Pope John Paul II and President Reagan worked together to bring an end to atheistic Soviet communism. The two had a divine plan to stop the Soviet empire that was engaged in a war on religion and individual liberties. The work of a pope and a president helped bring about the collapse of communism and yielded more freedom and opportunity for people all over the world.
During a trip to his native land in June 1979, the pope stood at the Polish Tomb of the Unknown Soldier and declared, “In how many places in Europe and the world has [a fallen soldier] cried with his death that there can be no just Europe without the independence of Poland marked on its map!” The courage of Pope John Paul II to call out communism caught the attention of Ronald Reagan even before he was commander in chief of the United States.
As president-elect, Reagan reached out to the Vatican during the transition period following the 1980 election. Assassination attempts on both men delayed a meeting in 1981, but a personal note the president sent soon after the pope was shot defined his admiration of the holy father and his hopes for their close relationship.
In his letter, Reagan shared, “Your heroism, and the universal outpouring of love and concern which it evoked, is proof that a single irrational act cannot prevail against the basic human decency which continues to inspire most people in most places. The qualities you exemplify remain a precious asset as we confront the growing dangers of the moment — confront them with confidence and faith.”
The two of them did as much as any others to not only provide freedom to the people of Poland but to win the Cold War and bring down the Soviet regime. Remembering the principles they followed to accomplish this provides an essential lesson for world leaders today.
The rise of democratic capitalism, along with the collapse of socialism, dramatically improved the living conditions of people all over the world. Data from the World Bank shows that the share of the global population living in poverty was 42.3% during the first year of Ronald Reagan’s presidency. By 2018, it had dropped to 4.8%. That means that nearly 1.25 billion fewer people were living in extreme poverty.
In 2018, the Brookings Institution released a report saying: “For the first time since agriculture-based civilization began 10,000 years ago, the majority of humankind is no longer poor or vulnerable to falling into poverty. By our calculations, as of this month, just over 50 percent of the world’s population, or some 3.8 billion people, live in households with enough discretionary expenditure to be considered ‘middle class’ or ‘rich. About the same number of people are living in households that are poor or vulnerable to poverty. So September 2018 marks a global tipping point. After this, for the first time ever, the poor and vulnerable will no longer be a majority in the world.”
Sadly, most Americans believe that global hunger has increased when just the opposite is true. The number of people living in starvation-level poverty has fallen by more than 80% since 1970.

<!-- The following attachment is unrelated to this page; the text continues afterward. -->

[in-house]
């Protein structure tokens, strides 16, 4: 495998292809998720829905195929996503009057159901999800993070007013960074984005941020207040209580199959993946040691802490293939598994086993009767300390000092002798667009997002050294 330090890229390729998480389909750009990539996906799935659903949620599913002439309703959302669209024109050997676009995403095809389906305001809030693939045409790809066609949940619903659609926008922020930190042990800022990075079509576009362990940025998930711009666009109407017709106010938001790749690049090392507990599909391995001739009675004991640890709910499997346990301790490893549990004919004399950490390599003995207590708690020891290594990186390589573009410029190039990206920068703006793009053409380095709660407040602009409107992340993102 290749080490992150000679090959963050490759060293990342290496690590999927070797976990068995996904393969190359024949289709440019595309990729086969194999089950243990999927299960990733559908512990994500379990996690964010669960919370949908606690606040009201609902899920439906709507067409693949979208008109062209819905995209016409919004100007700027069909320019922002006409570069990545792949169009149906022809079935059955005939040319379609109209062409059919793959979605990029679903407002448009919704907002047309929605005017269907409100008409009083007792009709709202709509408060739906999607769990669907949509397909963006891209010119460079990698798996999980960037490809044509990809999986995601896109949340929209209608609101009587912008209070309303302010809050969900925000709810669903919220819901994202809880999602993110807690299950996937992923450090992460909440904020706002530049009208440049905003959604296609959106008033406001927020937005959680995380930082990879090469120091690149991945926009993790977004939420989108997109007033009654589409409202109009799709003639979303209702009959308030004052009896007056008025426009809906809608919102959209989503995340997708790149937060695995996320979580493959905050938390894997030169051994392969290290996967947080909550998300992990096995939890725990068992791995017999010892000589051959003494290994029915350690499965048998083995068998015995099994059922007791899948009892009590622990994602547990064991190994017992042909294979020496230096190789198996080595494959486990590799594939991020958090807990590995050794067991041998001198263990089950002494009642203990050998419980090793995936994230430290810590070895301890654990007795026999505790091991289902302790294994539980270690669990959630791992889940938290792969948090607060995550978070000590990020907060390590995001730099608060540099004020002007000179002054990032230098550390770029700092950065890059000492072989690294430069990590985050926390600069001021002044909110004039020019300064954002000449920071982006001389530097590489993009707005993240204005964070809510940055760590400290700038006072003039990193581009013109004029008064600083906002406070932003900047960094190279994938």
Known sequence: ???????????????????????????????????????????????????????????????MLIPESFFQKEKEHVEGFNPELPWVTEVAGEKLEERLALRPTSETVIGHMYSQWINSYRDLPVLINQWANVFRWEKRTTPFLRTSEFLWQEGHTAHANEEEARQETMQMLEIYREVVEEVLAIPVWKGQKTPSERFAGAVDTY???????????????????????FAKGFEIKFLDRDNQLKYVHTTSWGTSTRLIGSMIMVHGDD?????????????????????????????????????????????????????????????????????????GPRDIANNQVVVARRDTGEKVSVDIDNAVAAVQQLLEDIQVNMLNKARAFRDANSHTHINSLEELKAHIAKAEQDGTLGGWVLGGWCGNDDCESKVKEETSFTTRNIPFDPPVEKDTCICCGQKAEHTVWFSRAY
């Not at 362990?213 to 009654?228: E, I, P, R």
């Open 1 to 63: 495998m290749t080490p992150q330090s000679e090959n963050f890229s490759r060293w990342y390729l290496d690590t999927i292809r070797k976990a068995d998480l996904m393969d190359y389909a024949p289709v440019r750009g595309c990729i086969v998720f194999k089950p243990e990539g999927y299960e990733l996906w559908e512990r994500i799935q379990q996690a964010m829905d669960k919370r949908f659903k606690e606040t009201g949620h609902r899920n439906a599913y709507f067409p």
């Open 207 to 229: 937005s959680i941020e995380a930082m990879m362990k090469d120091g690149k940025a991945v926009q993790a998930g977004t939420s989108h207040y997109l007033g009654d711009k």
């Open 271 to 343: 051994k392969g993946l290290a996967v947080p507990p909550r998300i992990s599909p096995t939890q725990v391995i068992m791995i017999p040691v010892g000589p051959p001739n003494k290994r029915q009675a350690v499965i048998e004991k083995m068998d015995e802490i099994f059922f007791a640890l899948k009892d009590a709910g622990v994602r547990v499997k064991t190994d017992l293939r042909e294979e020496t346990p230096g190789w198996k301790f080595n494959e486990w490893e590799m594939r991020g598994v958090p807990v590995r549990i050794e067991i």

Here are the facts: Democratic capitalism — otherwise known as free enterprise or entrepreneurship — is the best way to fight poverty and improve the lives of our citizens here in the United States and to help people in other countries around the world.
Freedom and capitalism go hand in hand. A society must adhere to the rule of law and property rights for a free enterprise system to work. The lack of that freedom explains the failures in Poland and the rest of the areas controlled by the Soviet regime during the height of Communist control. It also explains why countries like Venezuela are in trouble today. Socialist leaders promise power to the people but deliver poverty to the masses. Last year, 9 out of 10 Venezuelan citizens lived in poverty. Time and again, it’s been proven that freedom is essential for the masses to benefit from a free enterprise system.
There are legitimate concerns about the impact of the global pandemic on the poorest people and countries in the world. Pope Francis wrote about these concerns earlier this week. Capitalism, however, is not the problem. Rather, the severity of the disease is driving the negative impact. The most effective way to combat this global pandemic will be to allow free markets and the private sector to drive innovation in treatment and advancement in prevention. The principles of free enterprise will drive the discovery of new vaccines and effective therapies.
We should learn from the example of Pope John Paul II and President Reagan and the lessons they gave us. Among them, when governments work to provide free and open markets along with more individual liberties, they overwhelmingly reduce poverty. Freedom and prosperity go hand in and hand.
• Scott Walker was the 45th governor of Wisconsin. You can contact him at firstname.lastname@example.org or follow him @ScottWalker.
Copyright © 2021 The Washington Times, LLC.